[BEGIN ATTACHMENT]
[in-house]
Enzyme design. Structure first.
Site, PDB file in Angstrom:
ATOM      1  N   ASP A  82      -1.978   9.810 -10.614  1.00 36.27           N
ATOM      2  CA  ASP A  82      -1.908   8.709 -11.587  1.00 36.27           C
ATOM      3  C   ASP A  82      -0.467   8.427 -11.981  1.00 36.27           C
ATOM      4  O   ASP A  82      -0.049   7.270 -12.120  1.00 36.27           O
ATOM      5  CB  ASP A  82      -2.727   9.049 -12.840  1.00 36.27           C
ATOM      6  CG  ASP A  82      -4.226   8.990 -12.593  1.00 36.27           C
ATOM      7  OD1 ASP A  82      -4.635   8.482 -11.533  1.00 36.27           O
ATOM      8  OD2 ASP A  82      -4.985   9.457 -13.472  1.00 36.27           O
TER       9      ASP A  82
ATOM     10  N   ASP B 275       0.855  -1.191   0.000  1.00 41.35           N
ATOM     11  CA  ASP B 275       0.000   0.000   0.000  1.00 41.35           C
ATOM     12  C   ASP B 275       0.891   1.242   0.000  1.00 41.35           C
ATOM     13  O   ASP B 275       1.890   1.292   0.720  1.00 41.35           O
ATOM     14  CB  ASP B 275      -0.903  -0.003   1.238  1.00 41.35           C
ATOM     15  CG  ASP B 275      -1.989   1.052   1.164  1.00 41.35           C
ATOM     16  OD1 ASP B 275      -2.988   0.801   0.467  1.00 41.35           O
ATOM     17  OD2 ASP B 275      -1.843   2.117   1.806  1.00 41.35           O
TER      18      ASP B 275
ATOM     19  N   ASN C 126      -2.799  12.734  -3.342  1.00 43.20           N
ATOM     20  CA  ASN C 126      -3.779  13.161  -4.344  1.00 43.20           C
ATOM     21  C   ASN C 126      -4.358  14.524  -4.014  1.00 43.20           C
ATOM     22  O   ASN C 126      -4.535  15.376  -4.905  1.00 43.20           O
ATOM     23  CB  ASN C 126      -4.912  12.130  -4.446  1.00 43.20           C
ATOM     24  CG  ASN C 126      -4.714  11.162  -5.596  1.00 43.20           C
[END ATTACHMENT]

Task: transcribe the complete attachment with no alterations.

[in-house]
Enzyme design. Structure first.
Site, PDB file in Angstrom:
ATOM      1  N   ASP A  82      -1.978   9.810 -10.614  1.00 36.27           N
ATOM      2  CA  ASP A  82      -1.908   8.709 -11.587  1.00 36.27           C
ATOM      3  C   ASP A  82      -0.467   8.427 -11.981  1.00 36.27           C
ATOM      4  O   ASP A  82      -0.049   7.270 -12.120  1.00 36.27           O
ATOM      5  CB  ASP A  82      -2.727   9.049 -12.840  1.00 36.27           C
ATOM      6  CG  ASP A  82      -4.226   8.990 -12.593  1.00 36.27           C
ATOM      7  OD1 ASP A  82      -4.635   8.482 -11.533  1.00 36.27           O
ATOM      8  OD2 ASP A  82      -4.985   9.457 -13.472  1.00 36.27           O
TER       9      ASP A  82
ATOM     10  N   ASP B 275       0.855  -1.191   0.000  1.00 41.35           N
ATOM     11  CA  ASP B 275       0.000   0.000   0.000  1.00 41.35           C
ATOM     12  C   ASP B 275       0.891   1.242   0.000  1.00 41.35           C
ATOM     13  O   ASP B 275       1.890   1.292   0.720  1.00 41.35           O
ATOM     14  CB  ASP B 275      -0.903  -0.003   1.238  1.00 41.35           C
ATOM     15  CG  ASP B 275      -1.989   1.052   1.164  1.00 41.35           C
ATOM     16  OD1 ASP B 275      -2.988   0.801   0.467  1.00 41.35           O
ATOM     17  OD2 ASP B 275      -1.843   2.117   1.806  1.00 41.35           O
TER      18      ASP B 275
ATOM     19  N   ASN C 126      -2.799  12.734  -3.342  1.00 43.20           N
ATOM     20  CA  ASN C 126      -3.779  13.161  -4.344  1.00 43.20           C
ATOM     21  C   ASN C 126      -4.358  14.524  -4.014  1.00 43.20           C
ATOM     22  O   ASN C 126      -4.535  15.376  -4.905  1.00 43.20           O
ATOM     23  CB  ASN C 126      -4.912  12.130  -4.446  1.00 43.20           C
ATOM     24  CG  ASN C 126      -4.714  11.162  -5.596  1.00 43.20           C